The special election will take place on December 8.

The race takes place against a backdrop of Langford’s trial and the ongoing struggle by Jefferson to avert what would be the largest municipal bankruptcy in U.S. history over a multibillion dollar sewer debt. Birmingham also faces a $20 million shortfall in its 2010 budget.

When we arrived to meet the interim mayor, instead of the interview we expected we stumbled upon a press conference where she announced she was cutting 7 appointed jobs from the mayor’s office to save $500,000.

“I understand these are tough economic times and I could not in good conscious ask each department to tighten their belt if the Mayor’s office didn’t tighten first,” she said.

Afterward Smitherman told us that she had asked city department heads to come up with possible budget cuts, but added that the city would just have to provide the same level of service with less money.

“Everybody has to put their shoulder to the wheel,” she said.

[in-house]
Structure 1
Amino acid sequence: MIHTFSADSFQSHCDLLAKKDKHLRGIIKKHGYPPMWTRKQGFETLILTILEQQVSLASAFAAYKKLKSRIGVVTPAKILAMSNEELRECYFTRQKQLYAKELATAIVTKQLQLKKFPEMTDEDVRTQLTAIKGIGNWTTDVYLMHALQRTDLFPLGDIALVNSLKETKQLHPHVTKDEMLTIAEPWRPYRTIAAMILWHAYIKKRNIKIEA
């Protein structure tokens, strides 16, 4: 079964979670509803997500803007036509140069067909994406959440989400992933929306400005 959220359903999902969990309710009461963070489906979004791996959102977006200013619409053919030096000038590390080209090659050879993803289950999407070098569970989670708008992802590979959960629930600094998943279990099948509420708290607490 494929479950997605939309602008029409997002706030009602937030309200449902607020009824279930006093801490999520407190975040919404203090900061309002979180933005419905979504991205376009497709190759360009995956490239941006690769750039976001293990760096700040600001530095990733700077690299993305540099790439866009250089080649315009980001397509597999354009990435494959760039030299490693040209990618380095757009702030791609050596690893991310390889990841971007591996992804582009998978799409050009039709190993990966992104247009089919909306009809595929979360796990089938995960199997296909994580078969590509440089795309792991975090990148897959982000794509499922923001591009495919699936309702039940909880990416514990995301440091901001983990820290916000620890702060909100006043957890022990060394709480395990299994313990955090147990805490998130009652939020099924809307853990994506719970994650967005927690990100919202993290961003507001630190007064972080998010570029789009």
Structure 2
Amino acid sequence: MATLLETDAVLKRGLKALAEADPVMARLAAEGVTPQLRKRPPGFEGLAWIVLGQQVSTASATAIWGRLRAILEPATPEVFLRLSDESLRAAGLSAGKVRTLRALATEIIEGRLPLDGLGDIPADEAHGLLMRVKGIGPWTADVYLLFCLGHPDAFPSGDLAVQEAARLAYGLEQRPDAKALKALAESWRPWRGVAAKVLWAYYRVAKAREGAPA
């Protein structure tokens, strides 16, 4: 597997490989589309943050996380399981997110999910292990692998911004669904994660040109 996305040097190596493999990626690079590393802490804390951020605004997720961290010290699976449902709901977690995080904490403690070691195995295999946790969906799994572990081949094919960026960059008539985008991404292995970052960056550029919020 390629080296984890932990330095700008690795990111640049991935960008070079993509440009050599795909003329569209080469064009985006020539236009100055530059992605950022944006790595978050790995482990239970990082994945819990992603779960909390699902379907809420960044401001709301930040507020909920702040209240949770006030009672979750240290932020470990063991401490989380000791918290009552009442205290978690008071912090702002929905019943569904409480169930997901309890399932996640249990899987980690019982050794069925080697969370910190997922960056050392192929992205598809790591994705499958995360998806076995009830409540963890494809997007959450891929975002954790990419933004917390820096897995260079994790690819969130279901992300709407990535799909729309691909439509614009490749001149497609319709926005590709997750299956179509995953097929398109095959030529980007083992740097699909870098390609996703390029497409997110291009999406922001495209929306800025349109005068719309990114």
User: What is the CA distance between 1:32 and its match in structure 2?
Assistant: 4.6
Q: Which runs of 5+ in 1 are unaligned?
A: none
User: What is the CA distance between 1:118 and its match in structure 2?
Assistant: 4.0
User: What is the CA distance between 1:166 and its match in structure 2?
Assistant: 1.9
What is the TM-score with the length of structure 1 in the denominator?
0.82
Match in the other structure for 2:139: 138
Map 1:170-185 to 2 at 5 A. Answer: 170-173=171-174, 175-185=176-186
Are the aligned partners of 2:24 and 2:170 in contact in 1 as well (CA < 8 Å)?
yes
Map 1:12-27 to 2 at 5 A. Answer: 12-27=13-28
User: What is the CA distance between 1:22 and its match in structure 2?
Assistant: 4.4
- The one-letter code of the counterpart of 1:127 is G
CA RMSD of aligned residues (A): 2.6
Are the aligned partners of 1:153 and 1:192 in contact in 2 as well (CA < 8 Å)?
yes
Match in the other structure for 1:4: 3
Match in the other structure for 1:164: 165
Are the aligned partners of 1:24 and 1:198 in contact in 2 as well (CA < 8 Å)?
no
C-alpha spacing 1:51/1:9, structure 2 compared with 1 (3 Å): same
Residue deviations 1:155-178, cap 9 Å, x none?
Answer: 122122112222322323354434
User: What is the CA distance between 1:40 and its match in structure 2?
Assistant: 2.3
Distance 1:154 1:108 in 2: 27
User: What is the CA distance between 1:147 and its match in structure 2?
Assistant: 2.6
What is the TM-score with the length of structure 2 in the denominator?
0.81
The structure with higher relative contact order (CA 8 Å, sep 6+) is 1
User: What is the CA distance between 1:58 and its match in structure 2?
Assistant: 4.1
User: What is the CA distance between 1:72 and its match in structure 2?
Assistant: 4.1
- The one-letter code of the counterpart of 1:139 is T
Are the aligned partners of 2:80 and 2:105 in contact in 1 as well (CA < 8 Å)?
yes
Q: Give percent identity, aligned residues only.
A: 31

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Over at his campaign headquarters, Cooper said that 30 years ago the debate in Birmingham was focused on joblessness and rising crime, the same issues the city faces today.

“I don’t want another 30 years to go by and have us facing the same issues,” he said.

Cooper said he wants to follow the lead of the Obama administration and institute a local stimulus package paid for by existing taxes that would hire the unemployed to clean up the city.

Whoever wins next month would appear to have their work cut out in trying to persuade local voters that corruption is endemic and deep-rooted here.

“All those politicians want is to make money, they don’t care about us,” said Ernest Blair, 45, an unemployed construction worker.

And Alyce Tyler, 32, who works at a fast food restaurant, said that she doubted that things would change, whoever won the election.

“People used to run for office to serve the voters,” she said. “Now it’s all about personal gain. I’m sick of it.”

Photos by Carlos Barria

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COMMENT